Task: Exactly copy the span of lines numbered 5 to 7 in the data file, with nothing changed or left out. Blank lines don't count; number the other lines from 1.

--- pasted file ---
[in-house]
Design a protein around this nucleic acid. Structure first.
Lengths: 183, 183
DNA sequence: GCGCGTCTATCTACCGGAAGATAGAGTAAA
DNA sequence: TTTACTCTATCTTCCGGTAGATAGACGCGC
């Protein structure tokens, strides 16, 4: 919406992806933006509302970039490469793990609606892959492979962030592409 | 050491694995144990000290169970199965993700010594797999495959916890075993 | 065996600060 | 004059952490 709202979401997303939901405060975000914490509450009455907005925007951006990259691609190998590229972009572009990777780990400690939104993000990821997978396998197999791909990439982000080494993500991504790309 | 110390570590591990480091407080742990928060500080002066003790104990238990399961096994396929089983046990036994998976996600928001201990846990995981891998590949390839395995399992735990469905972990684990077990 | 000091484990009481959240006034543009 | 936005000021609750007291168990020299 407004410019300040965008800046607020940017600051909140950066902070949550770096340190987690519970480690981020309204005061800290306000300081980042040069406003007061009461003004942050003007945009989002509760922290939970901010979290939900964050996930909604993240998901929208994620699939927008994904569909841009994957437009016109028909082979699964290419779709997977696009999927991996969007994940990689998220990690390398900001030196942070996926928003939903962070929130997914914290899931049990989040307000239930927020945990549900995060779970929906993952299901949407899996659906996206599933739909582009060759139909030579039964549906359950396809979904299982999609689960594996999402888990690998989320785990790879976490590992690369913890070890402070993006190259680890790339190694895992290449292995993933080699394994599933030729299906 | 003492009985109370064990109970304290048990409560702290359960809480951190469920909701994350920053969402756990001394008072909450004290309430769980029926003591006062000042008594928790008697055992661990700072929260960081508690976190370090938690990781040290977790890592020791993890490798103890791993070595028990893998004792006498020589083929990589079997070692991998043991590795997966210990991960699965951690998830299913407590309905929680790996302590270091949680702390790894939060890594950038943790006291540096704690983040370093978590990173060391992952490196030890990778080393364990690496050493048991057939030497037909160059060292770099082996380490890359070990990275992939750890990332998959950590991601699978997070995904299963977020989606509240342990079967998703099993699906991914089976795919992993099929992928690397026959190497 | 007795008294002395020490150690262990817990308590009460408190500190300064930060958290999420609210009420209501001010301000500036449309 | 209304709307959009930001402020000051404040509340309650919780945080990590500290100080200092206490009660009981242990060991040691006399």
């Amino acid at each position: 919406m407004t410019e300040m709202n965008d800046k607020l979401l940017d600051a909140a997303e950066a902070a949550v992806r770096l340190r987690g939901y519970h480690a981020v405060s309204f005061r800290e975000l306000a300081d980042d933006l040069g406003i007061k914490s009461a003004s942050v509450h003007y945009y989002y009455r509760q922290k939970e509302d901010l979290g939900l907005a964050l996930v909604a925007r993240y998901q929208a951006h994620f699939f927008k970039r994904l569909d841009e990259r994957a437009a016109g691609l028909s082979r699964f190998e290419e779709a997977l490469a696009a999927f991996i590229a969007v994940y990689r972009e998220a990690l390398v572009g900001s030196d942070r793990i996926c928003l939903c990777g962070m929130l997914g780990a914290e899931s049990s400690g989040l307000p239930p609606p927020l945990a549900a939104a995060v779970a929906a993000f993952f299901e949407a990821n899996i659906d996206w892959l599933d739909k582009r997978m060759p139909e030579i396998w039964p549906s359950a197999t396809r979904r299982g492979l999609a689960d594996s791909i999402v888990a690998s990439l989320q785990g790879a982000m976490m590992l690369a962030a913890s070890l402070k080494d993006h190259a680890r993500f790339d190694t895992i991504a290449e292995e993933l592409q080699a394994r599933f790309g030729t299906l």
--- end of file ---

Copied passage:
DNA sequence: TTTACTCTATCTTCCGGTAGATAGACGCGC
């Protein structure tokens, strides 16, 4: 919406992806933006509302970039490469793990609606892959492979962030592409 | 050491694995144990000290169970199965993700010594797999495959916890075993 | 065996600060 | 004059952490 709202979401997303939901405060975000914490509450009455907005925007951006990259691609190998590229972009572009990777780990400690939104993000990821997978396998197999791909990439982000080494993500991504790309 | 110390570590591990480091407080742990928060500080002066003790104990238990399961096994396929089983046990036994998976996600928001201990846990995981891998590949390839395995399992735990469905972990684990077990 | 000091484990009481959240006034543009 | 936005000021609750007291168990020299 407004410019300040965008800046607020940017600051909140950066902070949550770096340190987690519970480690981020309204005061800290306000300081980042040069406003007061009461003004942050003007945009989002509760922290939970901010979290939900964050996930909604993240998901929208994620699939927008994904569909841009994957437009016109028909082979699964290419779709997977696009999927991996969007994940990689998220990690390398900001030196942070996926928003939903962070929130997914914290899931049990989040307000239930927020945990549900995060779970929906993952299901949407899996659906996206599933739909582009060759139909030579039964549906359950396809979904299982999609689960594996999402888990690998989320785990790879976490590992690369913890070890402070993006190259680890790339190694895992290449292995993933080699394994599933030729299906 | 003492009985109370064990109970304290048990409560702290359960809480951190469920909701994350920053969402756990001394008072909450004290309430769980029926003591006062000042008594928790008697055992661990700072929260960081508690976190370090938690990781040290977790890592020791993890490798103890791993070595028990893998004792006498020589083929990589079997070692991998043991590795997966210990991960699965951690998830299913407590309905929680790996302590270091949680702390790894939060890594950038943790006291540096704690983040370093978590990173060391992952490196030890990778080393364990690496050493048991057939030497037909160059060292770099082996380490890359070990990275992939750890990332998959950590991601699978997070995904299963977020989606509240342990079967998703099993699906991914089976795919992993099929992928690397026959190497 | 007795008294002395020490150690262990817990308590009460408190500190300064930060958290999420609210009420209501001010301000500036449309 | 209304709307959009930001402020000051404040509340309650919780945080990590500290100080200092206490009660009981242990060991040691006399």
């Amino acid at each position: 919406m407004t410019e300040m709202n965008d800046k607020l979401l940017d600051a909140a997303e950066a902070a949550v992806r770096l340190r987690g939901y519970h480690a981020v405060s309204f005061r800290e975000l306000a300081d980042d933006l040069g406003i007061k914490s009461a003004s942050v509450h003007y945009y989002y009455r509760q922290k939970e509302d901010l979290g939900l907005a964050l996930v909604a925007r993240y998901q929208a951006h994620f699939f927008k970039r994904l569909d841009e990259r994957a437009a016109g691609l028909s082979r699964f190998e290419e779709a997977l490469a696009a999927f991996i590229a969007v994940y990689r972009e998220a990690l390398v572009g900001s030196d942070r793990i996926c928003l939903c990777g962070m929130l997914g780990a914290e899931s049990s400690g989040l307000p239930p609606p927020l945990a549900a939104a995060v779970a929906a993000f993952f299901e949407a990821n899996i659906d996206w892959l599933d739909k582009r997978m060759p139909e030579i396998w039964p549906s359950a197999t396809r979904r299982g492979l999609a689960d594996s791909i999402v888990a690998s990439l989320q785990g790879a982000m976490m590992l690369a962030a913890s070890l402070k080494d993006h190259a680890r993500f790339d190694t895992i991504a290449e292995e993933l592409q080699a394994r599933f790309g030729t299906l």